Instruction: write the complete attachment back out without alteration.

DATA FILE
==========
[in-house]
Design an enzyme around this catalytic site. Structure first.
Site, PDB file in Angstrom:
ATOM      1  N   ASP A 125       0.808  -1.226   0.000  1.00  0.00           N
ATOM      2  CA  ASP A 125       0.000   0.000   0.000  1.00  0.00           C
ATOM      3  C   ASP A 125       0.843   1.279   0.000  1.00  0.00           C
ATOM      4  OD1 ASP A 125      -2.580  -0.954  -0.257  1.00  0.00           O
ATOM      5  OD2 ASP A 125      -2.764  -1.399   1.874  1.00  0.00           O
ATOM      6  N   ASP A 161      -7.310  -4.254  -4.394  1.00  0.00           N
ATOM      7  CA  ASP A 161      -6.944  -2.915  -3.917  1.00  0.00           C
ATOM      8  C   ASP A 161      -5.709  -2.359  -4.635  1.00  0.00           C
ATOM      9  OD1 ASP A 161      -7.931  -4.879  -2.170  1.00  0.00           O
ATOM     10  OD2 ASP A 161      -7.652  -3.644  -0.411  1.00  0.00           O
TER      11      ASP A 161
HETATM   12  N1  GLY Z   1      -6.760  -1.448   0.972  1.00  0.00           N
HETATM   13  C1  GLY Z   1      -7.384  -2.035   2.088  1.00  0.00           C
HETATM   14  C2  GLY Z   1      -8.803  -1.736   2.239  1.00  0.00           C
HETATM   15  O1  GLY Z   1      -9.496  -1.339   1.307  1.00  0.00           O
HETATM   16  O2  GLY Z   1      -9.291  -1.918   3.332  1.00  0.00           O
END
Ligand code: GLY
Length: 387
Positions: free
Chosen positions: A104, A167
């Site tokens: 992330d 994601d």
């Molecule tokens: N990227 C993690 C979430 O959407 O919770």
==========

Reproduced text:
[in-house]
Design an enzyme around this catalytic site. Structure first.
Site, PDB file in Angstrom:
ATOM      1  N   ASP A 125       0.808  -1.226   0.000  1.00  0.00           N
ATOM      2  CA  ASP A 125       0.000   0.000   0.000  1.00  0.00           C
ATOM      3  C   ASP A 125       0.843   1.279   0.000  1.00  0.00           C
ATOM      4  OD1 ASP A 125      -2.580  -0.954  -0.257  1.00  0.00           O
ATOM      5  OD2 ASP A 125      -2.764  -1.399   1.874  1.00  0.00           O
ATOM      6  N   ASP A 161      -7.310  -4.254  -4.394  1.00  0.00           N
ATOM      7  CA  ASP A 161      -6.944  -2.915  -3.917  1.00  0.00           C
ATOM      8  C   ASP A 161      -5.709  -2.359  -4.635  1.00  0.00           C
ATOM      9  OD1 ASP A 161      -7.931  -4.879  -2.170  1.00  0.00           O
ATOM     10  OD2 ASP A 161      -7.652  -3.644  -0.411  1.00  0.00           O
TER      11      ASP A 161
HETATM   12  N1  GLY Z   1      -6.760  -1.448   0.972  1.00  0.00           N
HETATM   13  C1  GLY Z   1      -7.384  -2.035   2.088  1.00  0.00           C
HETATM   14  C2  GLY Z   1      -8.803  -1.736   2.239  1.00  0.00           C
HETATM   15  O1  GLY Z   1      -9.496  -1.339   1.307  1.00  0.00           O
HETATM   16  O2  GLY Z   1      -9.291  -1.918   3.332  1.00  0.00           O
END
Ligand code: GLY
Length: 387
Positions: free
Chosen positions: A104, A167
């Site tokens: 992330d 994601d």
């Molecule tokens: N990227 C993690 C979430 O959407 O919770």